Once the political decision is made to broaden EMU (the 8 non-Members are committed by treaty to join), the negotiations surrounding the structure, the size and the funding of the budget would be greatly facilitated. Indeed, the foundations of a “transfer Union” would have been laid, with its own borrowing capacity, endowed with significant “own resources” and giving birth to the Union’s own mutualized “sovereign debt” totally independent of the Member States’ own respective liabilities. The servicing of the Union’s debt would follow the rules applying to the collection of Members’ contributions to which it would be incorporated.
(Note: within the scope of US federal budgetary assistance to the States it is interesting to dwell on the recent extraordinary controversy between Senator Mitch McConnell of Kentucky (Majority leader of the Republicans) and Governor Andrew Cuomo of New York State: the former is advocating allowing 4 major States (New York, California, Illinois, Michigan) – all headed by democrats – to declare bankruptcy following the consequences of the Covid19 pandemic, while the latter pointed to New York as a net contributor in excess of $400 billion to the federal budget as opposed to Kentucky which is a net beneficiary to the tune of $180 billion! Should such reckless proposals ever be considered, this blatant lack of solidarity would likely lead to the breakup of the United States, in similar fashion that the egoisms of some EU Member States could threaten the viability of the EU).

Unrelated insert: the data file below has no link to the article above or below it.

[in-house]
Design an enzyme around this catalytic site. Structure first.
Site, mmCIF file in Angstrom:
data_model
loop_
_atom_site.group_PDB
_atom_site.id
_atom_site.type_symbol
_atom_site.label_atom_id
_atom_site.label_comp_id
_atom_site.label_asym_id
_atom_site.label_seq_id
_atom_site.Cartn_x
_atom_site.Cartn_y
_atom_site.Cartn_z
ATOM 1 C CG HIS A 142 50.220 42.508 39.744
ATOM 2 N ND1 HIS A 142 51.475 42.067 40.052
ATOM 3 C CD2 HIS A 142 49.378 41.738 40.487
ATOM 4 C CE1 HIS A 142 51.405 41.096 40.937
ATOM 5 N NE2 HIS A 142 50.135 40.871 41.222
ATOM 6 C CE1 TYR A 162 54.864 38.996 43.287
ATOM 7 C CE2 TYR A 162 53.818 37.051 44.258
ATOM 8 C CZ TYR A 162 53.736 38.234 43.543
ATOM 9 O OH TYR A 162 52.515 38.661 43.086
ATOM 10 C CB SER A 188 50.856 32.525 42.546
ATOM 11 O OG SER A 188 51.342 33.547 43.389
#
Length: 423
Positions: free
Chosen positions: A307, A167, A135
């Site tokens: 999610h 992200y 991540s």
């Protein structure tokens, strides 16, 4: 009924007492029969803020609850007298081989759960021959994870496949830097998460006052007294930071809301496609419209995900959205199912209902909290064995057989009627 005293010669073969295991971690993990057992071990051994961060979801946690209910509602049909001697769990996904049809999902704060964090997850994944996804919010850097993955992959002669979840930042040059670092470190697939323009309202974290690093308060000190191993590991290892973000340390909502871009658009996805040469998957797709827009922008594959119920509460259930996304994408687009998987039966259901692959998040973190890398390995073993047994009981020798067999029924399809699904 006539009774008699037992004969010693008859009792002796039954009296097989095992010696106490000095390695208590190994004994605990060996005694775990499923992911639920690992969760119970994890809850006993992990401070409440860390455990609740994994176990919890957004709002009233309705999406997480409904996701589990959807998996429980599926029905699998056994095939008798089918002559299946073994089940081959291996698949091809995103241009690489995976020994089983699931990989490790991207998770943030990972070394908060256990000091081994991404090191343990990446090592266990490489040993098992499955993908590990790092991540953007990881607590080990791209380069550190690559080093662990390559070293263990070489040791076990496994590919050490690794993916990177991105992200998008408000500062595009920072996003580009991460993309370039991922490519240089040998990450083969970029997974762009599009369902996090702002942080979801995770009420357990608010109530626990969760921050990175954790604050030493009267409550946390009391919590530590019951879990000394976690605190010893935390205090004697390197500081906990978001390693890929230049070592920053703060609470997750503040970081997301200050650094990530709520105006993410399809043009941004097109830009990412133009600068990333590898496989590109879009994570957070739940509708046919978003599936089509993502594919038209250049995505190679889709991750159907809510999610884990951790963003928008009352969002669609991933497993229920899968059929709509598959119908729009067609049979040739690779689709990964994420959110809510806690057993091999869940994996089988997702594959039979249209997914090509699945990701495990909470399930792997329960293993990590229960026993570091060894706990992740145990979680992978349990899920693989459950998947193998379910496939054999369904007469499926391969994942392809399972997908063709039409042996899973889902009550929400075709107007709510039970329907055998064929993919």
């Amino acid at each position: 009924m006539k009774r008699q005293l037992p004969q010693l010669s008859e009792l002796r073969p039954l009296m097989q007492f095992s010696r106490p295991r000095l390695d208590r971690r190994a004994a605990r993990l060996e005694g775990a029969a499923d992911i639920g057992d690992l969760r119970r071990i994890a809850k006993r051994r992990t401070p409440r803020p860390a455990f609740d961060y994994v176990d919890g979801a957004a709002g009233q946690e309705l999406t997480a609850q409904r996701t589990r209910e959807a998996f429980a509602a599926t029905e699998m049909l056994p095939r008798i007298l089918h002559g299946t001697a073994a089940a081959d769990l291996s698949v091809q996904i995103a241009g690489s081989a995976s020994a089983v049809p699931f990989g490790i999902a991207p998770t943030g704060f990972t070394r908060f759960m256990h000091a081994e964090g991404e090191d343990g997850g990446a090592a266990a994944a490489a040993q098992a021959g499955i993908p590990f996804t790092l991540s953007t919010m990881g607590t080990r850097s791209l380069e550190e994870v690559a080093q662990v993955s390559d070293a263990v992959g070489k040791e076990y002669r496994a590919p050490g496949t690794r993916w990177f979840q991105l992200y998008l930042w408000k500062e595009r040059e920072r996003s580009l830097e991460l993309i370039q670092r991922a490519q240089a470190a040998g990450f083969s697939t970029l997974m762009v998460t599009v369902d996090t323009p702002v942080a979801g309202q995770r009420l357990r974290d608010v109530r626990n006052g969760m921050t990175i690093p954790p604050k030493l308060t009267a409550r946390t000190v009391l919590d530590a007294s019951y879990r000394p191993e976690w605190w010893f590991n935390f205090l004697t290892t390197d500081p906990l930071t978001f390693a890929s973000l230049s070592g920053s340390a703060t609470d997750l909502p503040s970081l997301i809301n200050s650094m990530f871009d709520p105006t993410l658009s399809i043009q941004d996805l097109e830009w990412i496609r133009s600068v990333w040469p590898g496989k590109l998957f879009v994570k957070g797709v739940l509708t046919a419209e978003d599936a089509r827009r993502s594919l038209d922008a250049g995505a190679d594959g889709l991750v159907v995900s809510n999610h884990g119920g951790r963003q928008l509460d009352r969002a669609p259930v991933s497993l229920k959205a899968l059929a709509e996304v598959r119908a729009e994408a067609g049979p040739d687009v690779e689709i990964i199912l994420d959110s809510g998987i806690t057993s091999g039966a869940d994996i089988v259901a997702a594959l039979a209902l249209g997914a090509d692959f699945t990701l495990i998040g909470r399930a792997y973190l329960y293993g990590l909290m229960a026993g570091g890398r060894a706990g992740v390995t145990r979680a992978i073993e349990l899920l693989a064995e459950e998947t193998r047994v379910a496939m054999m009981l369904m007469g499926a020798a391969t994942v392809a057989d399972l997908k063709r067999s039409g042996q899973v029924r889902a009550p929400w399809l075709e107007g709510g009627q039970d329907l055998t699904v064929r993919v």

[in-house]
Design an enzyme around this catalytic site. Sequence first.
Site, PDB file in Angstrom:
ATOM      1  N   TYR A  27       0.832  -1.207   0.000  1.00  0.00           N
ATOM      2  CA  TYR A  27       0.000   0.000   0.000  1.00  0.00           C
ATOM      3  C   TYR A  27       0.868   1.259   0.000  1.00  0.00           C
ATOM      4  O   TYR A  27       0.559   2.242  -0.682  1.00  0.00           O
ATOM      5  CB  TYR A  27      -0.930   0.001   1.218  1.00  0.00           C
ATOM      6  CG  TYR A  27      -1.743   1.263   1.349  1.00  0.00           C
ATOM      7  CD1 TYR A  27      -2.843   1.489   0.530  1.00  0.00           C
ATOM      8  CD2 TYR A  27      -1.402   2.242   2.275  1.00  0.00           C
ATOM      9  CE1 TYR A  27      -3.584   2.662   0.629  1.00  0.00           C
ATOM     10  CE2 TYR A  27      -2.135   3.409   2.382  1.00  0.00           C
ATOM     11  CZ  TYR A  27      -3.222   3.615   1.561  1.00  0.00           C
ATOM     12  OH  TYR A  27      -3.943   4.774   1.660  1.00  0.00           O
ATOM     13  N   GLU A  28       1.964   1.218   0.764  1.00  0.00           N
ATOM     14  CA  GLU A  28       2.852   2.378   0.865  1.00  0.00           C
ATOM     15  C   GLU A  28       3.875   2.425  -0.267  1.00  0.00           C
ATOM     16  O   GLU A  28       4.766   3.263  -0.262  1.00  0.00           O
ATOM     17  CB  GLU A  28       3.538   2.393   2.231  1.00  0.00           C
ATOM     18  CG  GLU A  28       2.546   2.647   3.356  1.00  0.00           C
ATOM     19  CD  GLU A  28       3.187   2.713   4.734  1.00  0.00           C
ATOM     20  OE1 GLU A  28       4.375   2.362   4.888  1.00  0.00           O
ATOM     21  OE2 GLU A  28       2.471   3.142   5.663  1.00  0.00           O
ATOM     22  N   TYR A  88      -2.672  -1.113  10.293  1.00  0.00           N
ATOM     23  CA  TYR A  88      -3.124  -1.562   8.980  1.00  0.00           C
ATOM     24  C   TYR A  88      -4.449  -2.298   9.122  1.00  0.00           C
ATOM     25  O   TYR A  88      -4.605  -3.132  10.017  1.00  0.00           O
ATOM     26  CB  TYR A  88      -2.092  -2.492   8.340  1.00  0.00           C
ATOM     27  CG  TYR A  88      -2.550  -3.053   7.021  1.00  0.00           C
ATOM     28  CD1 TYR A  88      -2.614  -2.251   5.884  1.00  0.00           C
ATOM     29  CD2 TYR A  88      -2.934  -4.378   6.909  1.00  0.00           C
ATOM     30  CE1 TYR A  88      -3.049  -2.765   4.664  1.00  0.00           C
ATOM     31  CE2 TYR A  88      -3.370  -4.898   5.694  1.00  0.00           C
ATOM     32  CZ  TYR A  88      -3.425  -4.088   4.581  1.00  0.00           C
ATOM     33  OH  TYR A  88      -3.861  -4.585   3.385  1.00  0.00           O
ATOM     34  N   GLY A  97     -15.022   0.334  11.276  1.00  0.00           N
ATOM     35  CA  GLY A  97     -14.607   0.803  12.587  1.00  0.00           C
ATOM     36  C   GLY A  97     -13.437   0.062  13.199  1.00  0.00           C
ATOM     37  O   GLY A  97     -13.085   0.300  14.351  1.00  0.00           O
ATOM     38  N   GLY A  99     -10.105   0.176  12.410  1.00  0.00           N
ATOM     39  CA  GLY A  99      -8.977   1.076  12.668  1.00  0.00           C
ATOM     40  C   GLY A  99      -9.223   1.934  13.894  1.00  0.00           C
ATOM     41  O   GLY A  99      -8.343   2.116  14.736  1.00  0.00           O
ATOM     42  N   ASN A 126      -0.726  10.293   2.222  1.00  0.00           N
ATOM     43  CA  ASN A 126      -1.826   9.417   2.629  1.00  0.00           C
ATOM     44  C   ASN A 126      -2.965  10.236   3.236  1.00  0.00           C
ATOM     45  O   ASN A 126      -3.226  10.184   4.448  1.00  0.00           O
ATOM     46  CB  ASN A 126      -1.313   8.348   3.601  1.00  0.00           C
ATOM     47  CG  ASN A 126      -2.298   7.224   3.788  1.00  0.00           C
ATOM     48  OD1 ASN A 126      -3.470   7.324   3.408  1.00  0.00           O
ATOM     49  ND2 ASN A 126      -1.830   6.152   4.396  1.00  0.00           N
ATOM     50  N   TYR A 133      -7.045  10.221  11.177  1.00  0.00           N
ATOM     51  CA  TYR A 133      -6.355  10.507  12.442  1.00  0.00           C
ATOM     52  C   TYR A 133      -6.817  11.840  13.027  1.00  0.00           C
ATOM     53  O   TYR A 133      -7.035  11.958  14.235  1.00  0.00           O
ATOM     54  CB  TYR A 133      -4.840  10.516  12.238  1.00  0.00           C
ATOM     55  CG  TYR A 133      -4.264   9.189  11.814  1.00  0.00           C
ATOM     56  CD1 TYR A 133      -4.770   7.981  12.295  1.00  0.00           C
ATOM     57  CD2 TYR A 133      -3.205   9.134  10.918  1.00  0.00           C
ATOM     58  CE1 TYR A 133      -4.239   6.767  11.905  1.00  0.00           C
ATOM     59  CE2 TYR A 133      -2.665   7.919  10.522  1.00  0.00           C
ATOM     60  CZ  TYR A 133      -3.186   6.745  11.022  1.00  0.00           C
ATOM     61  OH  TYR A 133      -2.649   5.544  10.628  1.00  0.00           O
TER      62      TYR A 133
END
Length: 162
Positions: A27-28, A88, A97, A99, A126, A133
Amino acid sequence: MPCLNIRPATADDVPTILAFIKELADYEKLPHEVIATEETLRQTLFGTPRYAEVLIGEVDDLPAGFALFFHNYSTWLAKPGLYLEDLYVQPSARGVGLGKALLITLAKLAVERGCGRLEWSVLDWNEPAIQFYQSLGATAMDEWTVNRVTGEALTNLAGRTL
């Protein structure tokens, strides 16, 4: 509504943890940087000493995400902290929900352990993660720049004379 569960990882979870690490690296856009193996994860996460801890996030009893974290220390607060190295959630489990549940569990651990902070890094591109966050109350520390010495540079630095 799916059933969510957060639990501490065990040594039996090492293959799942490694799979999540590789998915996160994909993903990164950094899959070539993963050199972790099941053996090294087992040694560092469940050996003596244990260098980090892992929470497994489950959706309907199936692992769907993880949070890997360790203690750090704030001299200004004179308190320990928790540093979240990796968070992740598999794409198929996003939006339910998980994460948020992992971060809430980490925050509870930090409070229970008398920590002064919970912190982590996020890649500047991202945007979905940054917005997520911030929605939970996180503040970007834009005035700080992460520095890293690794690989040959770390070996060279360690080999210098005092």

EU debt would rapidly become a market benchmark and constitute the liquid “safe asset” the € has been lacking, in particular if – as suggested in my previous paper – the securities were to be accepted in payment for fiscal liabilities owed Member States and to discharge the latter’s transfers to the EU budget. The EU would then enjoy its own deep liquid instrument, comparable to the US Treasury market, giving in turn a powerful tool to the ECB to regulate the transmission of its monetary policy.
It is therefor essential that during the short interval during which the Commission finalizes its budgetary proposals, a geopolitical dimension be included without which, the effectiveness of the proposals will remain problematical. The urgency created by the coronavirus pandemic creates a unique opportunity to overcome political and ideological differences that undermine relations between the EU27. This is the time to reaffirm the principles that underpin the European construction, to enforce their implementation on transgressors under the threat of sanctions (mainly budgetary) and thereby honour the time tested maxim expressed by Machiavelli: “never waste the opportunities offered by a good crisis”!